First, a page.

Article

Evaluation of the Association between Maternal Smoking, Childhood Obesity, and Metabolic Disorders: A National Toxicology Program Workshop Review

and Division of National Toxicology Program, National Institute of Environmental Health Sciences, National Institutes of Health, Department of Health and Human Services, Research Triangle Park, North Carolina, USA.
Environmental Health Perspectives (Impact Factor: 7.98). 12/2012; 121(2). DOI: 10.1289/ehp.1205404
Source: PubMed

ABSTRACT Background: An emerging literature suggests that environmental chemicals may play a role in the development of childhood obesity and metabolic disorders, especially when exposure occurs early in life.
Objective: Here we assess the association between these health outcomes and exposure to maternal smoking during pregnancy as part of a broader effort to develop a research agenda to better understand the role of environmental chemicals as potential risk factors for obesity and metabolic disorders.
Methods: PubMed was searched up to 8 March 2012 for epidemiological and experimental animal studies related to maternal smoking or nicotine exposure during pregnancy and childhood obesity or metabolic disorders at any age. A total of 101 studies—83 in humans and 18 in animals—were identified as the primary literature.
Discussion: Current epidemiological data support a positive association between maternal smoking and increased risk of obesity or overweight in offspring. The data strongly suggest a causal relation, although the possibility that the association is attributable to unmeasured residual confounding cannot be completely ruled out. This conclusion is supported by findings from laboratory animals exposed to nicotine during development. The existing literature on human exposures does not support an association between maternal smoking during pregnancy and type 1 diabetes in offspring. Too few human studies have assessed outcomes related to type 2 diabetes or metabolic syndrome to reach conclusions based on patterns of findings. There may be a number of mechanistic pathways important for the development of aberrant metabolic outcomes following perinatal exposure to cigarette smoke, which remain largely unexplored.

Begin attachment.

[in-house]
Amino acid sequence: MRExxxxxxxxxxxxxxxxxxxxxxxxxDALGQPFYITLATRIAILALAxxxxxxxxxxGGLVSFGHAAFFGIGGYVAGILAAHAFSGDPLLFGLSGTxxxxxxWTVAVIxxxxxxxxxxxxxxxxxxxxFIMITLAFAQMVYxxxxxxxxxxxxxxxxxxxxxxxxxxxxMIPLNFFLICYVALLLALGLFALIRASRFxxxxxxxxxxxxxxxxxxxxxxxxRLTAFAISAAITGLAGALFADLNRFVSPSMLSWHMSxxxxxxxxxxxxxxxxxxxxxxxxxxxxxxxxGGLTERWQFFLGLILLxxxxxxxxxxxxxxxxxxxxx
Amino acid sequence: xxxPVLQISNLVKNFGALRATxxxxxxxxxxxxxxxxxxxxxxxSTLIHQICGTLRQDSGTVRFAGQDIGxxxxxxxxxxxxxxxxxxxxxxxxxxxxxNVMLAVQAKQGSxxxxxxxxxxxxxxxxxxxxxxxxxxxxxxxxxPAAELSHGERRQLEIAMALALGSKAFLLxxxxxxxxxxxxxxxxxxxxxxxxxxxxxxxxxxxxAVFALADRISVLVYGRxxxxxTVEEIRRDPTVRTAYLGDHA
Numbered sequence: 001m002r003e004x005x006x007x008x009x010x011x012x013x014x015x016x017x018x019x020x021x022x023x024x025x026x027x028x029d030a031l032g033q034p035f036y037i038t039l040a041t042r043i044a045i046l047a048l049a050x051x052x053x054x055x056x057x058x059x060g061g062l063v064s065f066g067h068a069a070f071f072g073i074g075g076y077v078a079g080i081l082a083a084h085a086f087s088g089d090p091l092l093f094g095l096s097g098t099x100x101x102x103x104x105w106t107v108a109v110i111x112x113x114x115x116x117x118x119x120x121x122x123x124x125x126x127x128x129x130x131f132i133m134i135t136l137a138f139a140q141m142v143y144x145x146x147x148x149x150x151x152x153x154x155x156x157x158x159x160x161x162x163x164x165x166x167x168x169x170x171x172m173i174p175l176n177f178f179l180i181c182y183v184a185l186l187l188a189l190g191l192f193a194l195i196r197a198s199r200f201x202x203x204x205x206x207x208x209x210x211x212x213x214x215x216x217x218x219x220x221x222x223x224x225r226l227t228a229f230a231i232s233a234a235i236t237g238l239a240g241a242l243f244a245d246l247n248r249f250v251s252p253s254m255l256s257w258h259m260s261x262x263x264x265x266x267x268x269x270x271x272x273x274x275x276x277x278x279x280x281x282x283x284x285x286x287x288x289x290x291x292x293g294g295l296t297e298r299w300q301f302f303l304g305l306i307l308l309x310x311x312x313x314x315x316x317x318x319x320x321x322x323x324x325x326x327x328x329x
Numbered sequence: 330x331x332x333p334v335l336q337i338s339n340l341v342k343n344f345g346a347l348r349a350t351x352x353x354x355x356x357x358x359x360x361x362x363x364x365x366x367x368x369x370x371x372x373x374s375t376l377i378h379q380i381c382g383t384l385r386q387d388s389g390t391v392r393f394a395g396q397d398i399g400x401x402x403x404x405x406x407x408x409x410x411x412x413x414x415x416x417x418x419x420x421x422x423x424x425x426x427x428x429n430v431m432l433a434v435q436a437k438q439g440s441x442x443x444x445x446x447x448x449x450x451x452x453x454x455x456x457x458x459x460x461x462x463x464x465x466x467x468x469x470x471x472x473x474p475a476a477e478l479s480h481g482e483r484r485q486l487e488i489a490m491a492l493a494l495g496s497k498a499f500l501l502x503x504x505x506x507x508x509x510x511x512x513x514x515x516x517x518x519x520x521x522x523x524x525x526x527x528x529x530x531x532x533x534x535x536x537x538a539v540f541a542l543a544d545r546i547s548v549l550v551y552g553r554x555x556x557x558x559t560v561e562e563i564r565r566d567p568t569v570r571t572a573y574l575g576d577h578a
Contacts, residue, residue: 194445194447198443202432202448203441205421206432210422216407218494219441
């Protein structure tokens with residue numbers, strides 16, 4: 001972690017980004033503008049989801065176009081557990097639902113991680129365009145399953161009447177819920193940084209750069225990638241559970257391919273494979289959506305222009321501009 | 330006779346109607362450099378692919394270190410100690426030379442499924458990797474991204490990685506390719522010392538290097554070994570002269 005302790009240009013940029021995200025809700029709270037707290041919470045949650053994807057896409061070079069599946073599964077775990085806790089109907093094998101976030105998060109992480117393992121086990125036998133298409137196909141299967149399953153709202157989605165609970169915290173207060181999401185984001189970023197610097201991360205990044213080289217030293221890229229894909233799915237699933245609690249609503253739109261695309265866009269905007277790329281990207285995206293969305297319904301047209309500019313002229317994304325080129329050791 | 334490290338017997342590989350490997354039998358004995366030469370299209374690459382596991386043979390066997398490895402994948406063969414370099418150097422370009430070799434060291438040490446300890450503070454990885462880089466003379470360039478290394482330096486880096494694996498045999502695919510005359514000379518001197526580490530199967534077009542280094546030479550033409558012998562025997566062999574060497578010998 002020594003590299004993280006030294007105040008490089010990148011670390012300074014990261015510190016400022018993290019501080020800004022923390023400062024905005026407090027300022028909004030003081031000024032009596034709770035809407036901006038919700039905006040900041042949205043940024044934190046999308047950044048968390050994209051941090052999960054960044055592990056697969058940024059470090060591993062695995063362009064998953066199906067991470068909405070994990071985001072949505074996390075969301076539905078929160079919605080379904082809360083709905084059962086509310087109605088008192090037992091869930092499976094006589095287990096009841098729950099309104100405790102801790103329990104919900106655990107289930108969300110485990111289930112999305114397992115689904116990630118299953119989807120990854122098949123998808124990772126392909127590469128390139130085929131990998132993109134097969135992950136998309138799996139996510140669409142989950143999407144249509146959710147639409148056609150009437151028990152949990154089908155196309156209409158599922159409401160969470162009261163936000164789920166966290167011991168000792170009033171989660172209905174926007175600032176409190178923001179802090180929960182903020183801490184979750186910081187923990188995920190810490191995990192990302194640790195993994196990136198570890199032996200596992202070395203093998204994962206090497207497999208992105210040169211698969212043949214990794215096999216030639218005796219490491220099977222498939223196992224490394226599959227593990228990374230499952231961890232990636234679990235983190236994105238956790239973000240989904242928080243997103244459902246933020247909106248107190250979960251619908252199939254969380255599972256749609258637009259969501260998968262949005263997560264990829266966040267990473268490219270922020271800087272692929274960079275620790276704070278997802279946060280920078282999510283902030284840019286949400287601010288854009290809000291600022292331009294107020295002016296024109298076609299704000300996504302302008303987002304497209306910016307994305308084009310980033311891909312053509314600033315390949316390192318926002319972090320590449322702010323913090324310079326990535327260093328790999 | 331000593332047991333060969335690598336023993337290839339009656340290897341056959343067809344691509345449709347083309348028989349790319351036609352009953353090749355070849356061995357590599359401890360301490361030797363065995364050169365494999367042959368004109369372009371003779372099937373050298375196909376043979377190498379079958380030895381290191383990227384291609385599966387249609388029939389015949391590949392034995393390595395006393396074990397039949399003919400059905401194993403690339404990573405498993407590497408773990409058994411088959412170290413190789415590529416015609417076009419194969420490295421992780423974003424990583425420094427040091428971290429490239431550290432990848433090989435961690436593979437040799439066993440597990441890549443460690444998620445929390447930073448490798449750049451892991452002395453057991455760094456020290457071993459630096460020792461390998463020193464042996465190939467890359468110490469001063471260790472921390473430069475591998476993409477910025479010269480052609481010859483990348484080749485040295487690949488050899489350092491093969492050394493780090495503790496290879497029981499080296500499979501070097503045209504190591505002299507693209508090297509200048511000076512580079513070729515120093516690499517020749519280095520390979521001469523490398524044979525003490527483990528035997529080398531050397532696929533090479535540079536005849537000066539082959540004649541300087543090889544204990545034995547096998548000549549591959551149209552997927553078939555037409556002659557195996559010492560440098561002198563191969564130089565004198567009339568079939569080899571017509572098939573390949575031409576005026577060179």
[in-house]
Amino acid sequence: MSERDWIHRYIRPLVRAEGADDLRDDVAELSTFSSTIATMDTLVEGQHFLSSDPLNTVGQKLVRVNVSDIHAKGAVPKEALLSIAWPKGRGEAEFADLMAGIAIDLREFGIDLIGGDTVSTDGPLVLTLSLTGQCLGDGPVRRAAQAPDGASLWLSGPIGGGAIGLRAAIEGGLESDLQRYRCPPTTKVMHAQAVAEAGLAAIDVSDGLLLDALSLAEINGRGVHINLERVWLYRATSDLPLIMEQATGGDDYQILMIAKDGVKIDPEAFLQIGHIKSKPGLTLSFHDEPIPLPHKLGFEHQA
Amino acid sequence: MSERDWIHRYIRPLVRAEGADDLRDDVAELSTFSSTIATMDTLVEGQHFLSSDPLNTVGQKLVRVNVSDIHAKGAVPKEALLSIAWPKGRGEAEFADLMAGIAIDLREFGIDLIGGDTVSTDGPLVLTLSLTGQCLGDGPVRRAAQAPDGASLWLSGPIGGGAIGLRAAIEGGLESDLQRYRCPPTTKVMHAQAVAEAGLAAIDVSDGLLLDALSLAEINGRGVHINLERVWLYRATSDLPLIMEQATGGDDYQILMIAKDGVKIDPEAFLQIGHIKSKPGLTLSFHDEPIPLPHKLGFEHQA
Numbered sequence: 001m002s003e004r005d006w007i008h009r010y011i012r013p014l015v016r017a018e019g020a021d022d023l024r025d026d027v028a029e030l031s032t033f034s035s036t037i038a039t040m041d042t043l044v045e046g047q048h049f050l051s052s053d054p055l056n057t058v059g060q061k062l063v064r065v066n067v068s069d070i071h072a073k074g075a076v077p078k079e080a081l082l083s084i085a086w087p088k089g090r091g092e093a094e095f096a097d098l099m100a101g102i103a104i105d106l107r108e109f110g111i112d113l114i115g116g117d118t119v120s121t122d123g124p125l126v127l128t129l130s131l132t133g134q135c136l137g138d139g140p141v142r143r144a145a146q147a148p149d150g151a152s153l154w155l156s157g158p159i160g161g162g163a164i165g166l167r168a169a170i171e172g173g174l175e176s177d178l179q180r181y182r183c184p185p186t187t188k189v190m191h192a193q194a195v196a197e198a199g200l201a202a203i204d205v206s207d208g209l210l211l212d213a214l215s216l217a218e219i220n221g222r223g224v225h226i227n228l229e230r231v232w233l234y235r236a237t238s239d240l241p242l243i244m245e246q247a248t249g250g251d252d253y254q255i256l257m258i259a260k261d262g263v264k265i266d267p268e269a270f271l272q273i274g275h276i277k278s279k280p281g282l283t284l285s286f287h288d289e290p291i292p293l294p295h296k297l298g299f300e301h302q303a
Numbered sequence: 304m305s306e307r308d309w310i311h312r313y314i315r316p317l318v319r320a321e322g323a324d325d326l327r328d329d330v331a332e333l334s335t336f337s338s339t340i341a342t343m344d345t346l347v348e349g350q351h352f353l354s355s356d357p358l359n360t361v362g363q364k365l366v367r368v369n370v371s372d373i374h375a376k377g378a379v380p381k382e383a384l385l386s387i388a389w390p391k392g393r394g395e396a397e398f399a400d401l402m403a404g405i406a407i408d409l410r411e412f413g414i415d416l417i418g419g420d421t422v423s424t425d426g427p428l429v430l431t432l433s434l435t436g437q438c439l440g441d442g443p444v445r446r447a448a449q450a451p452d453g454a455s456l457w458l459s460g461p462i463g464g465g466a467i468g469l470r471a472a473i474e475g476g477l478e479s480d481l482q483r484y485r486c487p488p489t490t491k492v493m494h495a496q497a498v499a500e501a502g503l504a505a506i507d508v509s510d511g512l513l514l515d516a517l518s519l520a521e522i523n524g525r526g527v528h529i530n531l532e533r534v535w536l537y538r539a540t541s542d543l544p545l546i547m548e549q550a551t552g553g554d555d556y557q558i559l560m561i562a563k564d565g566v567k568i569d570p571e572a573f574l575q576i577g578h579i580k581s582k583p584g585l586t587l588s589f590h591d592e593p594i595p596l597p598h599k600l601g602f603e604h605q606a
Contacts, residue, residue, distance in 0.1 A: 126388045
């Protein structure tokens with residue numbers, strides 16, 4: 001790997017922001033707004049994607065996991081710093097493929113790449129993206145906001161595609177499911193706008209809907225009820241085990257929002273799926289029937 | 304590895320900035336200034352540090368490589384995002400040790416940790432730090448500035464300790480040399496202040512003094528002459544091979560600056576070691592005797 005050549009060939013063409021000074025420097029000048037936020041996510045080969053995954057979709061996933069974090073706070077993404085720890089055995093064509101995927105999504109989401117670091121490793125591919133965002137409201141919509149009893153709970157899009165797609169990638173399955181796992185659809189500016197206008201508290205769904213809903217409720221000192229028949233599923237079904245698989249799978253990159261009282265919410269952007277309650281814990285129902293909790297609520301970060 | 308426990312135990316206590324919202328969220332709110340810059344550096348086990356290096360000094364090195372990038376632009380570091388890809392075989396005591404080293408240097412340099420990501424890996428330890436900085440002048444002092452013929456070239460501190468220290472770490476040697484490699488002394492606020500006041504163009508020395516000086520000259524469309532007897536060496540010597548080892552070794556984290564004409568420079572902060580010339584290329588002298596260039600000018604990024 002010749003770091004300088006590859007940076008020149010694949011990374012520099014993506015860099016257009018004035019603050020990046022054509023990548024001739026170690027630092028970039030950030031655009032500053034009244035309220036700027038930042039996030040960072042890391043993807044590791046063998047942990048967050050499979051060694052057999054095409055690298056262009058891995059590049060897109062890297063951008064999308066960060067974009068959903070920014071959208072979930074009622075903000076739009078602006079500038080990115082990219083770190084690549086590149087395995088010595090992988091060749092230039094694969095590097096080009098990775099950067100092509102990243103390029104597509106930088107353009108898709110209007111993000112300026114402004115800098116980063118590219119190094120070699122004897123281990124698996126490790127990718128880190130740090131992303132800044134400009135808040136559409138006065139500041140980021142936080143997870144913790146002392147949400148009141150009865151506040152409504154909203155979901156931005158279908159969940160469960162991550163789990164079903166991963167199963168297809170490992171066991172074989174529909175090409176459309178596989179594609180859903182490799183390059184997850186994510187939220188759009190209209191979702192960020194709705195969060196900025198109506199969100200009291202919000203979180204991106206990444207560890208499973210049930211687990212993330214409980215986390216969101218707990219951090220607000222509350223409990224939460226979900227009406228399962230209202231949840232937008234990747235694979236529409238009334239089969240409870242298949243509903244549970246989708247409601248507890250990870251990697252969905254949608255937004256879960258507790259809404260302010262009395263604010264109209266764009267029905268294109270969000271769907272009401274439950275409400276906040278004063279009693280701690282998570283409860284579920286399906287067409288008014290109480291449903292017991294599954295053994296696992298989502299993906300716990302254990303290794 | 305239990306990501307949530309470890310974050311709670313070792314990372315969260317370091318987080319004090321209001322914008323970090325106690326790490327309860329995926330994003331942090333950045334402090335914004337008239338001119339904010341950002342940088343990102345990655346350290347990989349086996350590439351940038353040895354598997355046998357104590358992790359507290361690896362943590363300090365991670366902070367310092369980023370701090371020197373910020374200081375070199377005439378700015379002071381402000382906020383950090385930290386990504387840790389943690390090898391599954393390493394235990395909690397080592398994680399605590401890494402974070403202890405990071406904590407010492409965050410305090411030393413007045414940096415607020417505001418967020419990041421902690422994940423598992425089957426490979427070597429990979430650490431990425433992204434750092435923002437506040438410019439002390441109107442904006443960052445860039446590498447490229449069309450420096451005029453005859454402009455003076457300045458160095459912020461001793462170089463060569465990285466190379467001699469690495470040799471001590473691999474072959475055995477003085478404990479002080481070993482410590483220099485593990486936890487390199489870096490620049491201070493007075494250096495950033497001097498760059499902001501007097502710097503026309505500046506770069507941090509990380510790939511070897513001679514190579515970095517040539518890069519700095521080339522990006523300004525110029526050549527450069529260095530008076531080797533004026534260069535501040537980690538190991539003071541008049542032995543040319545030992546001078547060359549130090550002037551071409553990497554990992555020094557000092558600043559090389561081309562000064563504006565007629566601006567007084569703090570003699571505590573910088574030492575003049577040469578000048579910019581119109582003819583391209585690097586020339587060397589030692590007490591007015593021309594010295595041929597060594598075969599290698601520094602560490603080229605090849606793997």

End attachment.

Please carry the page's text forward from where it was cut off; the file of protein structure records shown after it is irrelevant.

Conclusions: From a toxicological perspective, the linkages between maternal smoking during pregnancy and childhood overweight/obesity provide proof-of-concept of how early-life exposure to an environmental toxicant can be a risk factor for childhood obesity.

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    • "Given the increasing concern regarding the potential involvement of pollutants in metabolic disease etiology, the U.S. National Institute of Environmental Health Sciences/National Toxicology Program (NIEHS/NTP) (NTP 2011) organized a workshop in 2011 that resulted in the generation of a publicly accessible database containing > 200 human studies linking environmental pollutants to diabetes and obesity (NTP 2012). The role of pollutants in diabetes and obesity was compelling in the series of papers published following this volume 121 | number 11-12 | November-December 2013 • Environmental Health Perspectives workshop (Behl et al. 2013; Maull et al. 2012; Taylor et al. 2013; Thayer et al. 2012) as well as in other reviews (Alonso-Magdalena et al. 2011; Hatch et al. 2010; Hectors et al. 2011; Neel and Sargis 2011; Tang-Péronard et al. 2011). With regard to IR in particular, several studies have investigated the potential association between pollutants and markers of insulin sensitivity (e.g., Barregard et al. 2013; Chang et al. 2010, 2011; Chen et al. 2008; Dirinck et al. 2011; Faerch et al. 2012; Kern et al. 2004; Lee et al. 2007, 2011; Nelson et al. 2010; Raafat et al. 2012; Wang et al. 2012). "
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